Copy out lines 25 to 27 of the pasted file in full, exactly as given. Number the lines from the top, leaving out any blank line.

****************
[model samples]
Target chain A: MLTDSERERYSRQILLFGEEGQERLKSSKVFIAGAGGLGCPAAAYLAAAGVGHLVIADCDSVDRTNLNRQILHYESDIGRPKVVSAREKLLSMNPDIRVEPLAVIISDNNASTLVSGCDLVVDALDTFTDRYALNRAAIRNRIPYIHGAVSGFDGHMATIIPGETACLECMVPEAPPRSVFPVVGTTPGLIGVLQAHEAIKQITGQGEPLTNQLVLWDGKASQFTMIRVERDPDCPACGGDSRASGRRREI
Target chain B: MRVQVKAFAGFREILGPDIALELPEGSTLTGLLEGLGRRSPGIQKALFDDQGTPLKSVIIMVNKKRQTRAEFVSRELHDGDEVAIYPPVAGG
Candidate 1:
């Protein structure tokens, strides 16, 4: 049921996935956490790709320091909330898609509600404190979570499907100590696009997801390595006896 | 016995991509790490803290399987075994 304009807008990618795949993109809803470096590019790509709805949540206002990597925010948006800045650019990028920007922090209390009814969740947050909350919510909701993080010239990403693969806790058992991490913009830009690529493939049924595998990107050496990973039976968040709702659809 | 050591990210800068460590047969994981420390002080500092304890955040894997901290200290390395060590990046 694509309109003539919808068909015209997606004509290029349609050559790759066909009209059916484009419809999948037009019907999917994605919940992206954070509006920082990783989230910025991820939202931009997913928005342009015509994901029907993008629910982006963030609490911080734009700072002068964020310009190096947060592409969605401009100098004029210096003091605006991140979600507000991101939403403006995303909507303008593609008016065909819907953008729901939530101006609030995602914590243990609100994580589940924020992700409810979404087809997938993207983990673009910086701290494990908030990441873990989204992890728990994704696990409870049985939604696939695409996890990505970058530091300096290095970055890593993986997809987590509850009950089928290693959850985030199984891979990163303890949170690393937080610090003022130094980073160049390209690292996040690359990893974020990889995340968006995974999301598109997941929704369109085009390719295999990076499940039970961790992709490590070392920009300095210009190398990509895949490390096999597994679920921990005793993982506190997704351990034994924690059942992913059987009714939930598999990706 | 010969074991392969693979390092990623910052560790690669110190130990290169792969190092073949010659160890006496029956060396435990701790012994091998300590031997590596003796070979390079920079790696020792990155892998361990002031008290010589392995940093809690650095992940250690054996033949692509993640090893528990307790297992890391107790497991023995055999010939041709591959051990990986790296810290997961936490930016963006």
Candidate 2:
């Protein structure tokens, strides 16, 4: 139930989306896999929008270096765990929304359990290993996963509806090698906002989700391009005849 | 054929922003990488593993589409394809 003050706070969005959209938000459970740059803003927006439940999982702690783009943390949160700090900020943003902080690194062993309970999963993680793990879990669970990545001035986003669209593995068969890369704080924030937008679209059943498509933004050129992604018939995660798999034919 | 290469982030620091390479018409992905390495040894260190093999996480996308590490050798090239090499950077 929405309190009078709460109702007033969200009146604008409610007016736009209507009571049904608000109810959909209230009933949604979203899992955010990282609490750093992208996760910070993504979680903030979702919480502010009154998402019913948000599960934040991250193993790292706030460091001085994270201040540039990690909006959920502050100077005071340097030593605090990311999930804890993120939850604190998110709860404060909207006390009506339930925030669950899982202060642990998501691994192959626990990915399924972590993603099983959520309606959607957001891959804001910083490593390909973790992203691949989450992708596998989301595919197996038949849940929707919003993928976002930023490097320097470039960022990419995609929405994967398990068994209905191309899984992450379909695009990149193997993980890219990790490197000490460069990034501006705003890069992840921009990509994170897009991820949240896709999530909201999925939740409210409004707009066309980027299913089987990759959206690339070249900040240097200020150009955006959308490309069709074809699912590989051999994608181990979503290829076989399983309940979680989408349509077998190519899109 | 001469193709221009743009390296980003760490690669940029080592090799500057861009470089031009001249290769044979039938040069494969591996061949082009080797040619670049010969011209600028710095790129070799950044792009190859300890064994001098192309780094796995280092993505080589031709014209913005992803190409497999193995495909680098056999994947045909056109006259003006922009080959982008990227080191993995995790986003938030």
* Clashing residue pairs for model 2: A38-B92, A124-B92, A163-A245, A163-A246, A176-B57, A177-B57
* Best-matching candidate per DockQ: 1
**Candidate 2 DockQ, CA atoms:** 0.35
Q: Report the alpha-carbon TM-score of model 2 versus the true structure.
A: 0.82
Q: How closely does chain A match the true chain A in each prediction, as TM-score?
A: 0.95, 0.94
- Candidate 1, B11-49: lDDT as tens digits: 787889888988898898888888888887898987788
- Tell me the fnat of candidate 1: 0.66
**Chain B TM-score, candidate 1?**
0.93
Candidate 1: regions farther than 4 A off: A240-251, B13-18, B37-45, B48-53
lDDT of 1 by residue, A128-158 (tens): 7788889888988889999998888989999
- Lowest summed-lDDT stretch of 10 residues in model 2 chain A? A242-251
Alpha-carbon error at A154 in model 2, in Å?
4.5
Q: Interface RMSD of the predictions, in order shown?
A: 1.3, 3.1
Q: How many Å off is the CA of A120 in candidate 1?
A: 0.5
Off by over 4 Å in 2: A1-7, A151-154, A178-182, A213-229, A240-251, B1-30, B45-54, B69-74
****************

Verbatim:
A: 1.3, 3.1
Q: How many Å off is the CA of A120 in candidate 1?
A: 0.5